Globe artichoke is an heirloom vegetable grown for its tender, edible flower buds. With their large, silvery-green leaves and thick stems topped with pinecone-like flower buds, artichoke plants add a strong architectural element to vegetable garden plantings. Thomas Jefferson reportedly raised artichokes at Monticello, his Virginia home, as early as 1767. Today the majority of commercial artichoke production is along coastal sections of Central California, where the weather suits them perfectly. Here are some things you need to know about growing artichokes. Artichoke plants thrive best where mild winters and cool, foggy summers prevail. In such growing conditions, they are perennials, yielding harvests for up to 5 years. Where winters dish up only a few frosty nights, plants will sometimes overwinter when pruned and mulched (zones 8 and 9). In colder regions, you have to treat artichokes as annuals planted in spring. They are best planted in fall in the humid, subtropical, frost-free areas of zones 10 and 11.
Soil, Planting, and Care
In zones where artichokes are perennial, select your site considering that plants will be in place for up to 5 years. Give plants room to spread, since mature plants can reach 3 to 4 feet tall and up to 4 feet wide. Artichokes thrive in full sun to partial shade. They also need light, fertile, well-drained soil—sandy or loam is ideal. For in-ground gardens, prepare the soil by working 5 inches of compost into a trench 8 inches deep and equally wide. Two reasons artichoke plants fail are summer drought and winter soil that’s waterlogged. Adding compost improves soil’s ability to retain water in summer and drain in winter.
Artichokes can also grow well in large containers. Choose a pot or half whiskey barrel that is 24 inches in diameter (measure across the top). Fill it with Miracle-Gro® Moisture Control® Potting Mix, which not only provides your plants’ roots with the ideal growing environment, but also helps protect against over- and under-watering.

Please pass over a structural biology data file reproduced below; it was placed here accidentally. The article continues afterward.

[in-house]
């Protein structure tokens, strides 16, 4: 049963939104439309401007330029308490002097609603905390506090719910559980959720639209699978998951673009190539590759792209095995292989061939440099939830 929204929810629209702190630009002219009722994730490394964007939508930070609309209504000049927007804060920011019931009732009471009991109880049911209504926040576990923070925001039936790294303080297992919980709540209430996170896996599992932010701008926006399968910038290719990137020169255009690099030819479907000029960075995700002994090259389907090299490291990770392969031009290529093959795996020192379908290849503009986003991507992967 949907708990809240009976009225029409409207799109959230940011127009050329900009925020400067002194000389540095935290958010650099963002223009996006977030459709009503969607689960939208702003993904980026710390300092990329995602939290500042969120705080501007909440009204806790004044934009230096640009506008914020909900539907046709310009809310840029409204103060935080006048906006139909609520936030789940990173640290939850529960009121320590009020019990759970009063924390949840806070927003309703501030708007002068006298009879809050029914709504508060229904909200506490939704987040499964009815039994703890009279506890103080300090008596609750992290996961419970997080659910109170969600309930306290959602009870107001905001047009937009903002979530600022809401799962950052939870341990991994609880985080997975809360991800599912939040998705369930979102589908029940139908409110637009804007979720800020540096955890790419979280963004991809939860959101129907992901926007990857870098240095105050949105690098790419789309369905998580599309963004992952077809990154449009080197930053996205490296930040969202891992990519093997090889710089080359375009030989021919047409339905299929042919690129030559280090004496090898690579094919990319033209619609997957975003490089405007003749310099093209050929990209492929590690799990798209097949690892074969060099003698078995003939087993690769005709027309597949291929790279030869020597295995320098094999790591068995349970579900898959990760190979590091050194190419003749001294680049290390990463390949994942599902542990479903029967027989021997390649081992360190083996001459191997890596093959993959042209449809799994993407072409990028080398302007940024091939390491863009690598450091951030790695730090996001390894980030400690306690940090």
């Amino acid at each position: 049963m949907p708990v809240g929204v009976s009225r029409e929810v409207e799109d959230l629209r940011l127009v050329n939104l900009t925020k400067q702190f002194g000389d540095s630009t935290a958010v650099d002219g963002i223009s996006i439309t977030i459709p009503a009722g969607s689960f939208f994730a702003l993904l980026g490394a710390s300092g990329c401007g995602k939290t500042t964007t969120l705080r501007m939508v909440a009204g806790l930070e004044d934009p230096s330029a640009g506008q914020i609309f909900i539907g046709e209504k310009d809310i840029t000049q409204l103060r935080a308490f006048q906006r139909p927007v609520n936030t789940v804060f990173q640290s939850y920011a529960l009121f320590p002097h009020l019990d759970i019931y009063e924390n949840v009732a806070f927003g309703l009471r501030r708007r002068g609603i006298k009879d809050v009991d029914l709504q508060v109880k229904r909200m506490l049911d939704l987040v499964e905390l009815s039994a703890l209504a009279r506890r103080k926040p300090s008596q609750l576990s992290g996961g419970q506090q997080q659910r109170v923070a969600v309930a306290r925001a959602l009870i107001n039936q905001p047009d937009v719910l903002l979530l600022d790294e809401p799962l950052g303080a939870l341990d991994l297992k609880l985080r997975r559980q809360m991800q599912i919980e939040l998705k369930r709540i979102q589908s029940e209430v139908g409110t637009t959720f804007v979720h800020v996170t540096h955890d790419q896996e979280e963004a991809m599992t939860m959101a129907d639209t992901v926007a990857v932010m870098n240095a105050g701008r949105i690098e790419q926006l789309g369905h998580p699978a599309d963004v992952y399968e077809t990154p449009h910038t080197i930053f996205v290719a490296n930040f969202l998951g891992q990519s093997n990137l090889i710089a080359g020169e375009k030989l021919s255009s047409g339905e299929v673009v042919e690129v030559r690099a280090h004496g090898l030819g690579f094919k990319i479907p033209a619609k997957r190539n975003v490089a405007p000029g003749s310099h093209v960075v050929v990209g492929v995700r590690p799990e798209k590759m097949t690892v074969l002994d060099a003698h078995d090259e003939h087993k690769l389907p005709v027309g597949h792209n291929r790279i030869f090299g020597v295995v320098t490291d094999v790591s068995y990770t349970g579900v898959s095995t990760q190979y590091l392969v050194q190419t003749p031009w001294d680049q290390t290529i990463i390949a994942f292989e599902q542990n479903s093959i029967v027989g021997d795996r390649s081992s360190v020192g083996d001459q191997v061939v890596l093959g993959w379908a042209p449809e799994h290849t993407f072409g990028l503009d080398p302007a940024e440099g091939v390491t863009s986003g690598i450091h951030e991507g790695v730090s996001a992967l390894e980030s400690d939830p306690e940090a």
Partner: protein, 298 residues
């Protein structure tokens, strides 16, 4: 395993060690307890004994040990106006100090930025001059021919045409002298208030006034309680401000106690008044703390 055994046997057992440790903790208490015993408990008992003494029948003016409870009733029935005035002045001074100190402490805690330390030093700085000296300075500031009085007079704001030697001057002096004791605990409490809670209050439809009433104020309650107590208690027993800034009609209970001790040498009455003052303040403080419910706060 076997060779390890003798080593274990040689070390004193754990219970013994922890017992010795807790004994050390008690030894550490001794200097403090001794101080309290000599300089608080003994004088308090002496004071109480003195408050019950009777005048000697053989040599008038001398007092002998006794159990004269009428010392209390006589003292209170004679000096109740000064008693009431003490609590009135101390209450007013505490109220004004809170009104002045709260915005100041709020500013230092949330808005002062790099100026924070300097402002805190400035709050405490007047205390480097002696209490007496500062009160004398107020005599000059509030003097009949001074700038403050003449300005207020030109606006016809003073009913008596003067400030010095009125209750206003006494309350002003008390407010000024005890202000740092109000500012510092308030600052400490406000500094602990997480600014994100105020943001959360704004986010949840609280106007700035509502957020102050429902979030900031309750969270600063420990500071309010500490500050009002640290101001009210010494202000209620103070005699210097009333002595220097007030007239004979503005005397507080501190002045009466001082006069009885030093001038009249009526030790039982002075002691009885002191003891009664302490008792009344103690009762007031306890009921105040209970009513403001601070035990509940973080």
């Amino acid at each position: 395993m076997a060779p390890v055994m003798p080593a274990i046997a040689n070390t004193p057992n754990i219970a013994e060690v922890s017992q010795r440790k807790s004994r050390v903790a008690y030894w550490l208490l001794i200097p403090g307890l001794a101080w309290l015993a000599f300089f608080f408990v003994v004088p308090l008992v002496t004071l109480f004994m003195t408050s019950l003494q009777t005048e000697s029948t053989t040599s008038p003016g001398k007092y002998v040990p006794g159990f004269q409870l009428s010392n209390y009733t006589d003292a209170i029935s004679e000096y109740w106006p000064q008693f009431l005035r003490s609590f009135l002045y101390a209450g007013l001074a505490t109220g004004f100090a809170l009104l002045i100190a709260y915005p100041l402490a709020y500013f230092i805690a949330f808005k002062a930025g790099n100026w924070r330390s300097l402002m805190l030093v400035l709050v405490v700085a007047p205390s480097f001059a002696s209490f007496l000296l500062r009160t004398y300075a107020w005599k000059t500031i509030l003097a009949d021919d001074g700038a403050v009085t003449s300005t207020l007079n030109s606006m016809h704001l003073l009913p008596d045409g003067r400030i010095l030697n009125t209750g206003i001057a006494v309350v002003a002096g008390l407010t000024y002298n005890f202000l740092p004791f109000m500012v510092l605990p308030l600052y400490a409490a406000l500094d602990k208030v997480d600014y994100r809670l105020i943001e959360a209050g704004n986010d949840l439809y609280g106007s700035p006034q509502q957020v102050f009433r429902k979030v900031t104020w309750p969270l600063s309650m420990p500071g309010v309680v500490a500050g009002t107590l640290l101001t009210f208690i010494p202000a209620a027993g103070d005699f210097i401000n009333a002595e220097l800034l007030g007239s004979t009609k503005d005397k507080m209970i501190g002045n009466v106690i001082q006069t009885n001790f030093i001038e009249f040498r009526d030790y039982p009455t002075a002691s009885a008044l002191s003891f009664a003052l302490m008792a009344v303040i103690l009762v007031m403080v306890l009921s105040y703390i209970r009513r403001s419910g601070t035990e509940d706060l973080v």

Artichoke has few problems. Slugs may attack young foliage, and botrytis blight can coat older leaves. Beat slugs with slug bait or slug traps. If only a few leaves are infected by botrytris blight, remove and destroy them. Treat the plant with a fungicide such as neem oil.
Harvest and Storage
Flower buds form in early summer atop tall stems that soar out of the center of the plant. Each stem forms several flower buds, with the top bud ripening first. Harvest buds while they’re tight and firm and hopefully at least 3 inches in diameter; if buds begin to open, they lose their tenderness. Fully open buds are inedible but produce striking, large, lavender flowers. Cut a 1- to 3-inch section of stem with each bud to make it easier to handle. The lower buds that develop later won’t grow as large as the top bud. When you have harvested all buds on a stem, cut the stem to the ground. For large, established plants, prune the entire plant back by a third to spur a fall harvest.
Artichokes keep in the refrigerator for up to 2 weeks.
Because harvest increases with plant age, it’s best to try to overwinter artichoke plants. Some gardeners have reported success at overwintering plants as far north as zone 5 using the techniques described below for zones 6 and 7.
For zones 8 and warmer: Following fall harvest, cut plants back to ground level or slightly below ground level. Cover with 3 to 4 inches of an organic mulch such as straw or shredded leaves.
For zones 6 and 7: Cut plants back to roughly 12 inches tall. Mound organic mulch over the plants, then cover plants and mulch with an inverted bushel basket. Feel free to use compost as this first mulch layer. Add a layer of mulch (straw is great at this point) over and around the bushel basket. Drape a rainproof cover over the mound, taking care to anchor the edges. In spring, after the ground is no longer frozen and before growth begins, remove the winter covering and add a 1-inch layer of compost or well-rotted manure around the plant.